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3 works in translation tell tales of standing up to right wrongs

Meghan Collins Sullivan

Rebellion is one of the great themes of American literature, which makes sense given our founding national narrative of revolution.

Generation after generation of U.S. students has read about Holden Caulfield revolting against the phonies around him and Atticus Finch standing up to his town's prejudiced pieties. But U.S. readers would be missing out if we turned away from the rest of the world's stories of resistance and spirited rejection.

All three of the newly translated works below emerge from acts of rebellion: two sisters' disobedience in Itamar Vieira Junior's Crooked Plow, a bourgeois lawyer's compulsion to speak the truth in Miroslav Krleža's On the Edge of Reason, and a frustrated wife's decision to make herself into a wilderness in Maru Ayase's The Forest Brims Over. Really, what better way than rebellion is there to start a plot?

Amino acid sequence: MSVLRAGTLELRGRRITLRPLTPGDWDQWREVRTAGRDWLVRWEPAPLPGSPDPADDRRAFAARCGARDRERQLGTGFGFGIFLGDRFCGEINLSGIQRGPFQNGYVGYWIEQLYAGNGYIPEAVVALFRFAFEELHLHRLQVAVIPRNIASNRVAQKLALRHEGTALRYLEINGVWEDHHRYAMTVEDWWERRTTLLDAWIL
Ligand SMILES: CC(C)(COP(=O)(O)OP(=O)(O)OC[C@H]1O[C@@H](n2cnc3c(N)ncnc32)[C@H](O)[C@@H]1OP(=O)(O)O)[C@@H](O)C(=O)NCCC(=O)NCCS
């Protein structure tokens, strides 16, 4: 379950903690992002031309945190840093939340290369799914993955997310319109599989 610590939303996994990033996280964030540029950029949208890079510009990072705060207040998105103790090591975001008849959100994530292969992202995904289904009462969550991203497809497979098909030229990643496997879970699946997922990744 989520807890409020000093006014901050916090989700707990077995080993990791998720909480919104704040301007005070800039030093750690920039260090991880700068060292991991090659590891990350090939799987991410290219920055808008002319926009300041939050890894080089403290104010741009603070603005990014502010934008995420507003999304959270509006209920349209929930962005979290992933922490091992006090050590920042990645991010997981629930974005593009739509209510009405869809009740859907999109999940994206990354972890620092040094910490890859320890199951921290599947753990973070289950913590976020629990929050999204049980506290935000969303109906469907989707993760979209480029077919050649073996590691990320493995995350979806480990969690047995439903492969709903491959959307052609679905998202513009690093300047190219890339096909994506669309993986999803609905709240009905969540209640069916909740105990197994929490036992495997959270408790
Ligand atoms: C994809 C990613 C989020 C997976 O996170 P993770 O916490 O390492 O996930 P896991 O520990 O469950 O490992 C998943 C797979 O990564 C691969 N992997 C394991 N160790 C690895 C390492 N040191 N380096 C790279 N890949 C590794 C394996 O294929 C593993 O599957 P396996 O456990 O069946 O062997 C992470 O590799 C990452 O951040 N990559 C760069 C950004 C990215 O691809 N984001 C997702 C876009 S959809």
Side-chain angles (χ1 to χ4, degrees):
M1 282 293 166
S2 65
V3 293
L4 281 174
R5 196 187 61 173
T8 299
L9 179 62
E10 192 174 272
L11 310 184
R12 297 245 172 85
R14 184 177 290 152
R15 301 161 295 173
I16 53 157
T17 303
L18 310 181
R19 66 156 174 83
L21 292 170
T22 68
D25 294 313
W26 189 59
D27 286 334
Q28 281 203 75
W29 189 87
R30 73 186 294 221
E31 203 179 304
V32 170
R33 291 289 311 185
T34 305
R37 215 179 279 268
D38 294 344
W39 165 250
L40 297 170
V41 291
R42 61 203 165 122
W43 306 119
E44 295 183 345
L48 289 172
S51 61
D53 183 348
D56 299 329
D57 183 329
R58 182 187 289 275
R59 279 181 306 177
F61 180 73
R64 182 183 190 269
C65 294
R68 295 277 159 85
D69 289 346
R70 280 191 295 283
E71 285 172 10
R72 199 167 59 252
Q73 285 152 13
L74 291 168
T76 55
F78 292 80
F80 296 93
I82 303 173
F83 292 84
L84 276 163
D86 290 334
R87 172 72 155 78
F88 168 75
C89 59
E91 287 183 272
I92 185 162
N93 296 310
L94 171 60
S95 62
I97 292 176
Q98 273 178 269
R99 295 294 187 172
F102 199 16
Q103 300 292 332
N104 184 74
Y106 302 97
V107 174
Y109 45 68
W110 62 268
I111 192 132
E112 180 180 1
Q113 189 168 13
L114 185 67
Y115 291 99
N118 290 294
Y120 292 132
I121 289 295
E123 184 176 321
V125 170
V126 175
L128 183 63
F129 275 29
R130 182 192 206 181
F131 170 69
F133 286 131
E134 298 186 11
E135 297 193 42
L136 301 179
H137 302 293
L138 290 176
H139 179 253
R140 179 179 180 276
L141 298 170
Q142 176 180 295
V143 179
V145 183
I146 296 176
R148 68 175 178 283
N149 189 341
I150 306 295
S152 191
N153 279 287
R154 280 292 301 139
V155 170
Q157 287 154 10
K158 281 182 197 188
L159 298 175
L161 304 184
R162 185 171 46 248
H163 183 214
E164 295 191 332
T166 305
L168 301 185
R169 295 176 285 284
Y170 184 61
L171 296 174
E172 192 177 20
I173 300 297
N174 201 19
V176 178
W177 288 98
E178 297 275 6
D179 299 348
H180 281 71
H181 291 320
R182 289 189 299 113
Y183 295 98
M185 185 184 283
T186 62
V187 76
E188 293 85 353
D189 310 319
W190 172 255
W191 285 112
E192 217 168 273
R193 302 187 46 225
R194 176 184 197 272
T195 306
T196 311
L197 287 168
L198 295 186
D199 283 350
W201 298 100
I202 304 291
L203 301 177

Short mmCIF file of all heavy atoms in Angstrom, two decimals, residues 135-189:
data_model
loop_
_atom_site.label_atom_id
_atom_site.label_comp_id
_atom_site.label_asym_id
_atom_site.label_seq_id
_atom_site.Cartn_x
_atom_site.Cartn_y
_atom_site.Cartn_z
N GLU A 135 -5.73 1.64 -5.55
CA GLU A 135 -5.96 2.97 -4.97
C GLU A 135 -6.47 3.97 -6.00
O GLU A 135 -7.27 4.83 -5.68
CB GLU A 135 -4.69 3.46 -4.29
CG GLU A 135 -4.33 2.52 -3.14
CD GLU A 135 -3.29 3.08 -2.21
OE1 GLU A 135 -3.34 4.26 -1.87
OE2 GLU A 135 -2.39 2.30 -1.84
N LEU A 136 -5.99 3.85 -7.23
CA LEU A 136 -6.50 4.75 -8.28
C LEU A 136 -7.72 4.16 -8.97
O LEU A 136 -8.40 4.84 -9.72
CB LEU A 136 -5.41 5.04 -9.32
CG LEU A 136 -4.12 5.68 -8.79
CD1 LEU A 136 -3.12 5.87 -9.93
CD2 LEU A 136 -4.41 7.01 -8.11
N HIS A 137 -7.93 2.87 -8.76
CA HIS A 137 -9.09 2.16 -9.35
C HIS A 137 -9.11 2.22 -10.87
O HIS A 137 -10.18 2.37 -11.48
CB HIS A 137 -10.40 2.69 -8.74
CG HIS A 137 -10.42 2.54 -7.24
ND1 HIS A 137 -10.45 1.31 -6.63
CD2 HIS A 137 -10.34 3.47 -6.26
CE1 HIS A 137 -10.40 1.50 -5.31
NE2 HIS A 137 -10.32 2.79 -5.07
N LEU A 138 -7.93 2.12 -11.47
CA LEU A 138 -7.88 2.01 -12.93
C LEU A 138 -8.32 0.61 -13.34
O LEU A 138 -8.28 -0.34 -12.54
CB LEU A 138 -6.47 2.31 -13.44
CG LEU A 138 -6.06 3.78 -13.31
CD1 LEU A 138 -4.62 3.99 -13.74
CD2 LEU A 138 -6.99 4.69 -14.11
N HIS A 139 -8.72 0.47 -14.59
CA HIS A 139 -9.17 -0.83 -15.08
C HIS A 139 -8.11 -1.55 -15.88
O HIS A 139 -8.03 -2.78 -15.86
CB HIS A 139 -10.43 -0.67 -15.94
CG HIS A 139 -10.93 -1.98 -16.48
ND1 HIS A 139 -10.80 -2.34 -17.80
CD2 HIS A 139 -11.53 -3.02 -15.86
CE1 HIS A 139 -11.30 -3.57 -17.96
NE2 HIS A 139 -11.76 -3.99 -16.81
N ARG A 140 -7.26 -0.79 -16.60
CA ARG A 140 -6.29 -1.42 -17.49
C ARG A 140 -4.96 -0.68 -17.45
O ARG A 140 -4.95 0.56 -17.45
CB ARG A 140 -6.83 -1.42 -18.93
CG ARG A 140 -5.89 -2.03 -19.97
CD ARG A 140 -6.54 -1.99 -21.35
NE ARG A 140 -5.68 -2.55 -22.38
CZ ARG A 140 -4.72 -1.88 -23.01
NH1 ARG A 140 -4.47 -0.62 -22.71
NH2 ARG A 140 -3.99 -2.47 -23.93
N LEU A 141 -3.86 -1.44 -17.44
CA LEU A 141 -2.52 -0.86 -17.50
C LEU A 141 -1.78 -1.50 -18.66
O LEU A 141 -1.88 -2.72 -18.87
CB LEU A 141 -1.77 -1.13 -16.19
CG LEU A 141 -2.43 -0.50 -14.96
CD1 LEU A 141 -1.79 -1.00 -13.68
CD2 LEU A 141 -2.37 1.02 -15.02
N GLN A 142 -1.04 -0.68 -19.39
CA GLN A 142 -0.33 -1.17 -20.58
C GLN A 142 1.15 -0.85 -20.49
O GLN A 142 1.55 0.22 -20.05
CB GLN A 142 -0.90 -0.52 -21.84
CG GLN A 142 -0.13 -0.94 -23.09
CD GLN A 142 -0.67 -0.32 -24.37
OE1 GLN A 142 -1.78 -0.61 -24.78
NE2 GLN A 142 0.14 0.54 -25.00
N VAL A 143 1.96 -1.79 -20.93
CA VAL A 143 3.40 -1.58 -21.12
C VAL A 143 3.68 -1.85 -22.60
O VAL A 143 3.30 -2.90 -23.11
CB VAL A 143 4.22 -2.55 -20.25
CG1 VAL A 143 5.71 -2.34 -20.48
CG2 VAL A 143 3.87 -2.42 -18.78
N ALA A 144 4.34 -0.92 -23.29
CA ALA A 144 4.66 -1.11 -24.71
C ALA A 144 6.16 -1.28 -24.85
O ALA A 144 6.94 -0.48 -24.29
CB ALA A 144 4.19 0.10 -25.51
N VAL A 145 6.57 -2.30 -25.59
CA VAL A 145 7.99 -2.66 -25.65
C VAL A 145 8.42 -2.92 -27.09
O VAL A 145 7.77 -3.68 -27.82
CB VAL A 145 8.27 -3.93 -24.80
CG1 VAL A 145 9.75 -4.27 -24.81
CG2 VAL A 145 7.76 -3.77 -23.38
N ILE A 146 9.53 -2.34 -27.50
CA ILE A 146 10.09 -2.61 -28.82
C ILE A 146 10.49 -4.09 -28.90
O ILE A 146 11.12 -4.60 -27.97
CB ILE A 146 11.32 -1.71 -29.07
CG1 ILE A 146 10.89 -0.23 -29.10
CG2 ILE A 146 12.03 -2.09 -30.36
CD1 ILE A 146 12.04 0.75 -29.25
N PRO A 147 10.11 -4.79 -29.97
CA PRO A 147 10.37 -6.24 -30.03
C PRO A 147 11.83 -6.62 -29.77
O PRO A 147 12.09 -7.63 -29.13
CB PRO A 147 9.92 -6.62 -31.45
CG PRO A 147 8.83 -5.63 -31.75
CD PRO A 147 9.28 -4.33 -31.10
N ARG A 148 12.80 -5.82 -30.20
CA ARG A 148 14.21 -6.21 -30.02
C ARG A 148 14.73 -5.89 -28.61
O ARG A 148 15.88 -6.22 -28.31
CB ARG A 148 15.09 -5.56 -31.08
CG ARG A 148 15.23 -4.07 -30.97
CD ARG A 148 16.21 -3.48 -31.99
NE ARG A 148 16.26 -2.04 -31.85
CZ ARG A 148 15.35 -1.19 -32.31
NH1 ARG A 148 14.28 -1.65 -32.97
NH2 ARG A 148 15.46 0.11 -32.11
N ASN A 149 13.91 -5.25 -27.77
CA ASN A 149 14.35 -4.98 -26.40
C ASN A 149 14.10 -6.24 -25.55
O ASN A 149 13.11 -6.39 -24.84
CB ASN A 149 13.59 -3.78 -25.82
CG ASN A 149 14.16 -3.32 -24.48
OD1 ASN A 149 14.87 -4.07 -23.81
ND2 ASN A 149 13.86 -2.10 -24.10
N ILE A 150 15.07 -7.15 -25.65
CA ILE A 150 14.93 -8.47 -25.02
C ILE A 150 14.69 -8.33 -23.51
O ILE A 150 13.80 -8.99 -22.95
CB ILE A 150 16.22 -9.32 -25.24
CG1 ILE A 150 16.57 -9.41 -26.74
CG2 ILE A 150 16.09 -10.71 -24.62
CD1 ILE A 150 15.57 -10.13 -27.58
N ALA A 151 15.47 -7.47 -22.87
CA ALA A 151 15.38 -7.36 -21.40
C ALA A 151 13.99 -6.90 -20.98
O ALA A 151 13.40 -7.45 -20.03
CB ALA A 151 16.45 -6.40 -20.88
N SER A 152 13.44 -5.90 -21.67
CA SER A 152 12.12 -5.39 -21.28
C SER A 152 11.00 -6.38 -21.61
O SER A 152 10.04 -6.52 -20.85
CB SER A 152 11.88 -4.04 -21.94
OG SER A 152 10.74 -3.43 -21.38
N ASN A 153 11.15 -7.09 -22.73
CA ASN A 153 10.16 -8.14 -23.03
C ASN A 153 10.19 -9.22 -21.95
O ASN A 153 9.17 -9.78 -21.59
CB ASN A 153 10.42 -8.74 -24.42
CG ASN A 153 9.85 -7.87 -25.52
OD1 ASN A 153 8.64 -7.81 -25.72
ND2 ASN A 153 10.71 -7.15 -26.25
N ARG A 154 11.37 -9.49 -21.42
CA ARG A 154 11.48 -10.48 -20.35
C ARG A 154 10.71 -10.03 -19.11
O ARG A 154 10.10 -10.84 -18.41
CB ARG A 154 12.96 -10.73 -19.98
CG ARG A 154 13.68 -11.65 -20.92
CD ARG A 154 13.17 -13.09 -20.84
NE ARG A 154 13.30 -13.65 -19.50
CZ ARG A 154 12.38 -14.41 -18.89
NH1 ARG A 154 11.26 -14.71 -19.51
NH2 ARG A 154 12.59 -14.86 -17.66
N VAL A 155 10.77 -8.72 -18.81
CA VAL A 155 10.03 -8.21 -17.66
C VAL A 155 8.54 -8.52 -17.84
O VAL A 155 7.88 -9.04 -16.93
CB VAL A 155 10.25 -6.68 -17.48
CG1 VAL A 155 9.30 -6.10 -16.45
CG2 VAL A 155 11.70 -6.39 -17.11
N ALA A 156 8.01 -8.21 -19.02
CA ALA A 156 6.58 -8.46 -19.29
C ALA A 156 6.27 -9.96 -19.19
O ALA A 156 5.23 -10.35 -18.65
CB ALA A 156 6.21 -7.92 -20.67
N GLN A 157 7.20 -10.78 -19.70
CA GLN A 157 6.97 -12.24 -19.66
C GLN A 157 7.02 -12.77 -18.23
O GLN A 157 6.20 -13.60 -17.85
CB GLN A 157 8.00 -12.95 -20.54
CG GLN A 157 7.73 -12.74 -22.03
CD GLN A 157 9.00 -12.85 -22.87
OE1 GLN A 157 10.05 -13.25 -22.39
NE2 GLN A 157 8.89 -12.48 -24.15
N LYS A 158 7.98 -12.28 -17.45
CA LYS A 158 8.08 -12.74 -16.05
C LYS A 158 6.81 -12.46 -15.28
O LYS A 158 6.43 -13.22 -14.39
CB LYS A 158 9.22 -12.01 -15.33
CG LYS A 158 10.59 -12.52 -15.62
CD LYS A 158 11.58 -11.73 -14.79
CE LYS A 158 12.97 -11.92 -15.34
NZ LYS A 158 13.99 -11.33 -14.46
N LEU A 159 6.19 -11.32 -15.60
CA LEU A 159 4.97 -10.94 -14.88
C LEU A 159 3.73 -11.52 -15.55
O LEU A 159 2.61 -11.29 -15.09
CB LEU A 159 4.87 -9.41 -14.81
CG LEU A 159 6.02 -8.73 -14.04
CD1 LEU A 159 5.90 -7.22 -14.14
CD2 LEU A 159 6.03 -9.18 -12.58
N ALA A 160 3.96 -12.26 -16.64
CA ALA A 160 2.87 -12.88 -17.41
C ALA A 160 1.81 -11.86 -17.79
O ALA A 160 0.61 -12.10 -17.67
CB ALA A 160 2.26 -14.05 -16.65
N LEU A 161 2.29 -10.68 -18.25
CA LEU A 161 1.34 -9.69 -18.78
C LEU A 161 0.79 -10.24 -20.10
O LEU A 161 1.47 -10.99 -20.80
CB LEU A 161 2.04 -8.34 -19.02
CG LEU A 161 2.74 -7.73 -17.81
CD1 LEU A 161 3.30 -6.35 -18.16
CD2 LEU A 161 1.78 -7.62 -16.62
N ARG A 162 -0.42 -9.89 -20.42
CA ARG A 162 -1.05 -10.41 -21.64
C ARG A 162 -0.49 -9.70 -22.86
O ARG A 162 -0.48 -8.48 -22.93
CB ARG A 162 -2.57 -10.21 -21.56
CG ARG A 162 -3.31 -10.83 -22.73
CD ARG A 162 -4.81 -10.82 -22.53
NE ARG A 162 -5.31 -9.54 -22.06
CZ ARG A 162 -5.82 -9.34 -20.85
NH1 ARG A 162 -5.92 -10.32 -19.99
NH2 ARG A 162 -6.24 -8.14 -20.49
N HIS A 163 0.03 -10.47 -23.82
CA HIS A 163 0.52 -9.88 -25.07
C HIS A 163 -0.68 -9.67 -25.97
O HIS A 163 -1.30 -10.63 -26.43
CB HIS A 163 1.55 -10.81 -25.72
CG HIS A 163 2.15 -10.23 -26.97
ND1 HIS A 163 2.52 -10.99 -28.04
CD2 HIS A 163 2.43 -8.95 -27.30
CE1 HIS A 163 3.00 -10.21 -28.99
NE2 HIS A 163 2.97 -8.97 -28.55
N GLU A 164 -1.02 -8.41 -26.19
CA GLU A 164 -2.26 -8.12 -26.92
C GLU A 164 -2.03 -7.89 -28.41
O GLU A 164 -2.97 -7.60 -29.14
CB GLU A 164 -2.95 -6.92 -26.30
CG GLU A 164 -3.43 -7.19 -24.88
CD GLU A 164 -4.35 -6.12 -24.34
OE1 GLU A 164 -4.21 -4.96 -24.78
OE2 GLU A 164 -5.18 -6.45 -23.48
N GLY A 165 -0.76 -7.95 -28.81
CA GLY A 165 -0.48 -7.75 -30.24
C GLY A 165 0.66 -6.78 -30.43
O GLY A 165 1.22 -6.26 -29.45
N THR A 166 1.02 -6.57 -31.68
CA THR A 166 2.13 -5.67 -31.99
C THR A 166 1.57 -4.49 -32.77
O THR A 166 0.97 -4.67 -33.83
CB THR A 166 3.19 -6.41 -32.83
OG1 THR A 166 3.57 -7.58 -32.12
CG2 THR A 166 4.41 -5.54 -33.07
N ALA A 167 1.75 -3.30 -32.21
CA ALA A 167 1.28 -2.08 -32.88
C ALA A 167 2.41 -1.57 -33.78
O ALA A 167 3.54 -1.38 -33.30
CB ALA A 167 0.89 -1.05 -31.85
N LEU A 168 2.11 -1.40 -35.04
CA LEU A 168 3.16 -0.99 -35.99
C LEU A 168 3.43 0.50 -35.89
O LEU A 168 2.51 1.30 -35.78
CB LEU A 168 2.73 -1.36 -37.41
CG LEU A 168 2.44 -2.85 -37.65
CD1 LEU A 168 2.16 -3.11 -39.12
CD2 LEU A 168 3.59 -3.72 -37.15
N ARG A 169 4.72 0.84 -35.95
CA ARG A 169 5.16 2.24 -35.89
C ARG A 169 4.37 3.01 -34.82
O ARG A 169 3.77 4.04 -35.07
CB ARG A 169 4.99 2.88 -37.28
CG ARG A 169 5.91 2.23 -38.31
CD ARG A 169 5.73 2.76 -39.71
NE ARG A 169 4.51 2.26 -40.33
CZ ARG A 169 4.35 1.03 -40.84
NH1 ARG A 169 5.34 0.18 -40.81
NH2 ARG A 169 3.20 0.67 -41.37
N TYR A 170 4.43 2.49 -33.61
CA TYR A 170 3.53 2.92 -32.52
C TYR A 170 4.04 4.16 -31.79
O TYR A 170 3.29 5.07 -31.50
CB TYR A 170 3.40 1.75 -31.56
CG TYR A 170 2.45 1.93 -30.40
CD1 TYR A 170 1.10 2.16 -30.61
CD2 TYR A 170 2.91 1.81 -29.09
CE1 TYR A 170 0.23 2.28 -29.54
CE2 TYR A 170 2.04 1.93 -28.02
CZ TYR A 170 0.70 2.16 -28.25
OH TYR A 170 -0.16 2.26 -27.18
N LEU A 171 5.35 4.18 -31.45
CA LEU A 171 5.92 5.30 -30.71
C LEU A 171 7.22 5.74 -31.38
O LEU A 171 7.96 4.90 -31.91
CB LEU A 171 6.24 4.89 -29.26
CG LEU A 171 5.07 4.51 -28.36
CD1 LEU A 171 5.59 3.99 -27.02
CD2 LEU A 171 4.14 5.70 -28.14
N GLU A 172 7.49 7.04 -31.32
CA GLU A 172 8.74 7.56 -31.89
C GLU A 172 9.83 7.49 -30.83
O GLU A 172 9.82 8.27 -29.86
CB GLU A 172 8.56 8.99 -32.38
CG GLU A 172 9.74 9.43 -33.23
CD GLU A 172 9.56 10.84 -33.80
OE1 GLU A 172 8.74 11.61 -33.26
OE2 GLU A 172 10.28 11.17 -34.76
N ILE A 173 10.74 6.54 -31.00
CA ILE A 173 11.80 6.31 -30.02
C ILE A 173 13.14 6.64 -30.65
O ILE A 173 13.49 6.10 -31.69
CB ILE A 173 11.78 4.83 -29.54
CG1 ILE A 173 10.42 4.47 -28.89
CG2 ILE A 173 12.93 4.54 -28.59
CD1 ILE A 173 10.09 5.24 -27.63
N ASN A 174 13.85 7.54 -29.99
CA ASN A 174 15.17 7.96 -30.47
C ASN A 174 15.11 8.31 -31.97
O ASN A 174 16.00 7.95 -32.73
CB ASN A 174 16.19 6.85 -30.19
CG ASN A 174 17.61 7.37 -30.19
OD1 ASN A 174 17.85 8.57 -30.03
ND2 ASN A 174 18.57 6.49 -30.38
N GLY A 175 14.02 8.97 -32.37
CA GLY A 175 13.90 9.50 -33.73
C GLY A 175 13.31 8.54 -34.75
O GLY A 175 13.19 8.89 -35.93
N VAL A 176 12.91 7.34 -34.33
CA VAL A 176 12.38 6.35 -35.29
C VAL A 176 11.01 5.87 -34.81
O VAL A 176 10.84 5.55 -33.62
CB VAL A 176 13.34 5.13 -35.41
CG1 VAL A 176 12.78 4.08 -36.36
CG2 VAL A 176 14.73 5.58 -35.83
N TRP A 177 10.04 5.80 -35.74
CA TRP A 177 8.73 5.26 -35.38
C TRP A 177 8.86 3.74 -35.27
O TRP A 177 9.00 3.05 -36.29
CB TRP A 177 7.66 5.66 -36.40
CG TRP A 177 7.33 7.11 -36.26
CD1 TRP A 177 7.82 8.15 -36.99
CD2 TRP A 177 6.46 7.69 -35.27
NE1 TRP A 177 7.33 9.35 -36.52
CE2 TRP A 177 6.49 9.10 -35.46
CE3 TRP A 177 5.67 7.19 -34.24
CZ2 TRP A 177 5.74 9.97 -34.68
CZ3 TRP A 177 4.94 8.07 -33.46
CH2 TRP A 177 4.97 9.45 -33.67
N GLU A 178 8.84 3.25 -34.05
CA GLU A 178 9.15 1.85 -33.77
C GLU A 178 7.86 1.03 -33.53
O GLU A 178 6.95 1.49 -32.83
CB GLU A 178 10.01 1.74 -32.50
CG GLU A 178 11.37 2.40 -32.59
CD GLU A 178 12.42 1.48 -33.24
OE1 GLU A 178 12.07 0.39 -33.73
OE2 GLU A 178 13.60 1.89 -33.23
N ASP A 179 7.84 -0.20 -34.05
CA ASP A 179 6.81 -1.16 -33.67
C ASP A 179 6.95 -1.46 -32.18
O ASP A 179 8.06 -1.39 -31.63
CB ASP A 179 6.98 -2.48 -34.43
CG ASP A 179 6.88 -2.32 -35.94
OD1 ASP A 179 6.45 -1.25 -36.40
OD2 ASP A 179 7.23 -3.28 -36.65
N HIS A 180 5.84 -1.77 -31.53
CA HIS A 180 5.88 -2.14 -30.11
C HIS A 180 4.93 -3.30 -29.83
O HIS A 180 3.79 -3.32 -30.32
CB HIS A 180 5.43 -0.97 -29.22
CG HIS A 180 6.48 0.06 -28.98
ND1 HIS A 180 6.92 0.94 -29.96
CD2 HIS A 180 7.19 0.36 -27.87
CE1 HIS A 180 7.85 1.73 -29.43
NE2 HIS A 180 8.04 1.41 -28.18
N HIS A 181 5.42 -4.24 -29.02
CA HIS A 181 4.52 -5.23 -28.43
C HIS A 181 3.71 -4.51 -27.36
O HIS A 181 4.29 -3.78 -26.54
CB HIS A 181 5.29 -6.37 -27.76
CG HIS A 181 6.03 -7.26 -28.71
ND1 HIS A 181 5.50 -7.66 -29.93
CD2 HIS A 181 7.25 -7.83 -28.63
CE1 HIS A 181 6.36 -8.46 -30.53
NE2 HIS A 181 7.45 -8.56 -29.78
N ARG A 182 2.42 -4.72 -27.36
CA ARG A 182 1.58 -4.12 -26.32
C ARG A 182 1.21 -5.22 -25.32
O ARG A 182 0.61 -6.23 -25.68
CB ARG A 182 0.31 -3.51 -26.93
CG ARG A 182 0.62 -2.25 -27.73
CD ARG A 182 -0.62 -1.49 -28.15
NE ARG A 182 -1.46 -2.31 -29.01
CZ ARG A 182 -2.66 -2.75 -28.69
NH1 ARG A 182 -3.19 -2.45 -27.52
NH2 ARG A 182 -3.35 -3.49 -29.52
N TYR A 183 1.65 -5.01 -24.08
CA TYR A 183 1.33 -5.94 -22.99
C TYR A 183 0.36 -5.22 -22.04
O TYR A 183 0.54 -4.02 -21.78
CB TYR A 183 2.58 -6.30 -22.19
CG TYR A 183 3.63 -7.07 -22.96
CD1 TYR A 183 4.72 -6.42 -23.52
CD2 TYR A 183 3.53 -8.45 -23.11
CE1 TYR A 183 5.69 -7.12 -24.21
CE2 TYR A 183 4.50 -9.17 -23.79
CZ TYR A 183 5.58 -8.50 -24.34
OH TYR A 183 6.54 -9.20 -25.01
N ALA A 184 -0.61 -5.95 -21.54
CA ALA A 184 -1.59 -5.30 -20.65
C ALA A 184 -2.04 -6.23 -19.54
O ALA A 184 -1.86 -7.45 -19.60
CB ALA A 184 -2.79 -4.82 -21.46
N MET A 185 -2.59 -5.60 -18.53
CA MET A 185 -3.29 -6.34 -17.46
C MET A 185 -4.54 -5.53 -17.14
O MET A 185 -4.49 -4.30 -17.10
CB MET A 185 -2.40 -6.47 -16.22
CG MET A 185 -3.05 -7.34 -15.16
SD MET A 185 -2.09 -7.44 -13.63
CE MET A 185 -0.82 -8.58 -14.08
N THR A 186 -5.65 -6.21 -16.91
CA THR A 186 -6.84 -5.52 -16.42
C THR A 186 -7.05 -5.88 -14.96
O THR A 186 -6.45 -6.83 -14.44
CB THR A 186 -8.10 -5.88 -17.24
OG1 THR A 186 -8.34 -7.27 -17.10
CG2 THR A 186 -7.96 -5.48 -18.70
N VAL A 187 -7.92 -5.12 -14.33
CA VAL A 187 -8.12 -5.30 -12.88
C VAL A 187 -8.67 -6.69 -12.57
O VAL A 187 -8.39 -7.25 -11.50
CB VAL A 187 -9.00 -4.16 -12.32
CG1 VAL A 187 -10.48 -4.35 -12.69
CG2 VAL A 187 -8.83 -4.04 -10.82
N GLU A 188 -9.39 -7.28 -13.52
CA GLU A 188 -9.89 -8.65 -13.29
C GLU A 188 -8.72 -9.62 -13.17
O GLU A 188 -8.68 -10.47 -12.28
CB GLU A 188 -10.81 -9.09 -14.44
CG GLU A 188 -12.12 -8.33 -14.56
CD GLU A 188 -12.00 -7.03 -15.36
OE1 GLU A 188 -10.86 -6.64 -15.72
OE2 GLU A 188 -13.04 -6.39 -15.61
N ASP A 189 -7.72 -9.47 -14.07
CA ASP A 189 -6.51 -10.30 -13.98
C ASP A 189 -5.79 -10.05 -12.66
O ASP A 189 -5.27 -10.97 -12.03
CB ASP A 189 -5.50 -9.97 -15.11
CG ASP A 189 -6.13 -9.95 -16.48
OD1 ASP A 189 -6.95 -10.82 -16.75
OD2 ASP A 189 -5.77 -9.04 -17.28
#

Crooked Plow

Crooked Plow, the Brazilian novelist Itamar Vieira Junior's debut, opens with a shocking scene. A pair of young sisters, Bibiana and Belonísia, break their grandmother's rule against going in her room and, while snooping, find a knife. Out of the sort of mysteriously rebellious impulse to which children often yield, both girls put it in their mouths. One is essentially unharmed; one cuts her tongue so badly she never speaks again. Vieira waits until the novel's opening section ends to reveal which one is which, though it hardly matters: They come of age, as Johnny Lorenz writes in his gorgeous translation, "sharing the same tongue."